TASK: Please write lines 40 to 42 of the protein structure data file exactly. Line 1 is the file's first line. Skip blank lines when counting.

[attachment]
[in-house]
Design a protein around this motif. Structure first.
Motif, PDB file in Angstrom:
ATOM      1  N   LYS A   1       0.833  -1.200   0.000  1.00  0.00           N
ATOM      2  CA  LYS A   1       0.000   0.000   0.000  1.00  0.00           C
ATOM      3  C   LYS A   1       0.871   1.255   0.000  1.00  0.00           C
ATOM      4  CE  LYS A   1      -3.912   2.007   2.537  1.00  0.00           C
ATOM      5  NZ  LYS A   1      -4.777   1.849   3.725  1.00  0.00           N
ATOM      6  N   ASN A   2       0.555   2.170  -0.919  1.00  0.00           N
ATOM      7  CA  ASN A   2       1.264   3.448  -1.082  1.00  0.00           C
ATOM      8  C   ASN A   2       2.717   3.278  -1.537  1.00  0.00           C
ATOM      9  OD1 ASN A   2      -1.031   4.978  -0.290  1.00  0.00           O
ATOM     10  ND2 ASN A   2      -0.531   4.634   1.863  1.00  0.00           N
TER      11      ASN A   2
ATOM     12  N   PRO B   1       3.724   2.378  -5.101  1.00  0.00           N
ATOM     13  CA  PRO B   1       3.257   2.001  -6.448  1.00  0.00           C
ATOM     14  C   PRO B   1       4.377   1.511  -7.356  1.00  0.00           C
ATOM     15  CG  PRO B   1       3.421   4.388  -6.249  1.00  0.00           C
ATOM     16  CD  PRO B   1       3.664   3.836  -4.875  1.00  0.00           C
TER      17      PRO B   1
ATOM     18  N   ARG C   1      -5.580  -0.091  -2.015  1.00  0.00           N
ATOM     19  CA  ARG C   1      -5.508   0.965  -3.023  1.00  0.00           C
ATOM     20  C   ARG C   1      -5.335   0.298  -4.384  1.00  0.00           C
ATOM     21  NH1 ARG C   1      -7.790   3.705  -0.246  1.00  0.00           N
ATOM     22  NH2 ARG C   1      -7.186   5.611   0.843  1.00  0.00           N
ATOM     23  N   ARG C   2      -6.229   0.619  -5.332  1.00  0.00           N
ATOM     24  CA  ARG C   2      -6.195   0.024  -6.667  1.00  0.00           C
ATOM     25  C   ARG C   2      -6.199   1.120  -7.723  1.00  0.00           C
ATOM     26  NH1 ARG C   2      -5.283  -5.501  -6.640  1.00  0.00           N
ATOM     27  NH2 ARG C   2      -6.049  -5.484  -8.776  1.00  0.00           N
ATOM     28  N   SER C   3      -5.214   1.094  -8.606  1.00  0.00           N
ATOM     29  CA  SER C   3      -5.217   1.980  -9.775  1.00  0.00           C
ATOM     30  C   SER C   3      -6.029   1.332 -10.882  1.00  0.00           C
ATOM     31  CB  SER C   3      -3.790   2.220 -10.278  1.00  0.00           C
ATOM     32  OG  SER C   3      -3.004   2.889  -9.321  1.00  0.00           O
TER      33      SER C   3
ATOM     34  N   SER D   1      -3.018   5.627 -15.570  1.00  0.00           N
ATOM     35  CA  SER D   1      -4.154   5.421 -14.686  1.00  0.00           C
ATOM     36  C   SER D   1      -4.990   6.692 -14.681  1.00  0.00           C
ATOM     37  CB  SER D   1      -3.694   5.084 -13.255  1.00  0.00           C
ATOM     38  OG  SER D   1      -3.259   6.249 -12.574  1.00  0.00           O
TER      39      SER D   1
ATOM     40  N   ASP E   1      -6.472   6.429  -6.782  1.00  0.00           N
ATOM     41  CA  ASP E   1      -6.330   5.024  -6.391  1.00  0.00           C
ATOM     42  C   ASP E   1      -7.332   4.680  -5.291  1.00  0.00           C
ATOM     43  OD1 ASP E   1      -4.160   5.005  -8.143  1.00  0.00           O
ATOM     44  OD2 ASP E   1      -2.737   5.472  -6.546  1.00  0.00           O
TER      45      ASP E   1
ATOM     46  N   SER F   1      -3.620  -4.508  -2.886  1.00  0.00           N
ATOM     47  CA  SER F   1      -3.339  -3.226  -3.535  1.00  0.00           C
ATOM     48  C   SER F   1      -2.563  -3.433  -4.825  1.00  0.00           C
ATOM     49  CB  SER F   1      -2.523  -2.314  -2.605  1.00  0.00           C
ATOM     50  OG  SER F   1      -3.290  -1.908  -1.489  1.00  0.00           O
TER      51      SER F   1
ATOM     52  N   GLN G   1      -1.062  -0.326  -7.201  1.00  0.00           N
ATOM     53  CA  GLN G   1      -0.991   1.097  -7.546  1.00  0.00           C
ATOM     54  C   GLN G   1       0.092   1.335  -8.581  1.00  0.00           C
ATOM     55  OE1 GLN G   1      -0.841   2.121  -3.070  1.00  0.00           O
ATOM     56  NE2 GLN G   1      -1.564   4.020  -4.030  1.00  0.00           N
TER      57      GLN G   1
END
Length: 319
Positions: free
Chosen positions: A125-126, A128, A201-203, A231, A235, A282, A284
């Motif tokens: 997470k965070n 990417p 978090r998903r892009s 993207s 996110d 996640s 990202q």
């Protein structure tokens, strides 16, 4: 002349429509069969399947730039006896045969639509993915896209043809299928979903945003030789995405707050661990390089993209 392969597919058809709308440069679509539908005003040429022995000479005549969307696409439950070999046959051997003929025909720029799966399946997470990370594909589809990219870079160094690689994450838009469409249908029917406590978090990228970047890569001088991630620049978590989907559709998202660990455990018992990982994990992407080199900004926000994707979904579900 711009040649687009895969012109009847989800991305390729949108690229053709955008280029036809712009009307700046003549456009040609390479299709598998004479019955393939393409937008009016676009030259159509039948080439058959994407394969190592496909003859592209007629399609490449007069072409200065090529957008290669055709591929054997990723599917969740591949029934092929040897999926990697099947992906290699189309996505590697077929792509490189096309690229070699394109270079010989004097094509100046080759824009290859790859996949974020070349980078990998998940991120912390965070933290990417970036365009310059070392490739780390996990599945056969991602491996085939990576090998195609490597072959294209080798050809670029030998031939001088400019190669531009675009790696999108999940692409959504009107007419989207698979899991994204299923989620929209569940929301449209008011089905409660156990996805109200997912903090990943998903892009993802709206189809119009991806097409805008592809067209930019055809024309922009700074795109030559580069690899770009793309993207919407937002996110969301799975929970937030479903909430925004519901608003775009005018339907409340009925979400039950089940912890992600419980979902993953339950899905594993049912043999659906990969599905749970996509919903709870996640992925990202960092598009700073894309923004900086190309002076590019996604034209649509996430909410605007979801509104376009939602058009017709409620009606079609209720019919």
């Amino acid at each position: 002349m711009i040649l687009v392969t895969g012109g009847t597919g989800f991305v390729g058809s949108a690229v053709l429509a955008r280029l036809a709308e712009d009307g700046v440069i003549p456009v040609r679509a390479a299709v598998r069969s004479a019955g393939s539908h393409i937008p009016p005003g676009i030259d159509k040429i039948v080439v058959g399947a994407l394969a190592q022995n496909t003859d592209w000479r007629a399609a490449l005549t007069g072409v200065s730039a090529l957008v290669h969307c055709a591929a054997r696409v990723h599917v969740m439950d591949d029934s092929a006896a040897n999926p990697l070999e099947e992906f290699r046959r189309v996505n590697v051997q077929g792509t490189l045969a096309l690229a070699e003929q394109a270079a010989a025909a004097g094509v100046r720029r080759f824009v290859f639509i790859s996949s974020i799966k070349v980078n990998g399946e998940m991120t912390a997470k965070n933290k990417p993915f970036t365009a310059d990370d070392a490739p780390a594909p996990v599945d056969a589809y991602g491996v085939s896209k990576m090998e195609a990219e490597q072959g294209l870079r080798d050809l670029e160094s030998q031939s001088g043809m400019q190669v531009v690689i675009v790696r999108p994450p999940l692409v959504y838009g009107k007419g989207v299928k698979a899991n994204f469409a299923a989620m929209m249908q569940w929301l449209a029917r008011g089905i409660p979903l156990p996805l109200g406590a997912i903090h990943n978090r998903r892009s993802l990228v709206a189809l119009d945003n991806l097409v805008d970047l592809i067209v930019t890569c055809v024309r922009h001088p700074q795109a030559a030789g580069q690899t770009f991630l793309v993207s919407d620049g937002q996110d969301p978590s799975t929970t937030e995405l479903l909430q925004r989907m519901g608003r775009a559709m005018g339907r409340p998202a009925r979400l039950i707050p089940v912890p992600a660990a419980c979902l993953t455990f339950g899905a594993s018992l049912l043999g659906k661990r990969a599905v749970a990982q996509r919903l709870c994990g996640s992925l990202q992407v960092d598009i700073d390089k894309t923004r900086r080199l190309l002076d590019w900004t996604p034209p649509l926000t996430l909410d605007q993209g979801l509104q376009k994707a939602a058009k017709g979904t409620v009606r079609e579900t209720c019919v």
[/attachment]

ATOM     37  CB  SER D   1      -3.694   5.084 -13.255  1.00  0.00           C
ATOM     38  OG  SER D   1      -3.259   6.249 -12.574  1.00  0.00           O
TER      39      SER D   1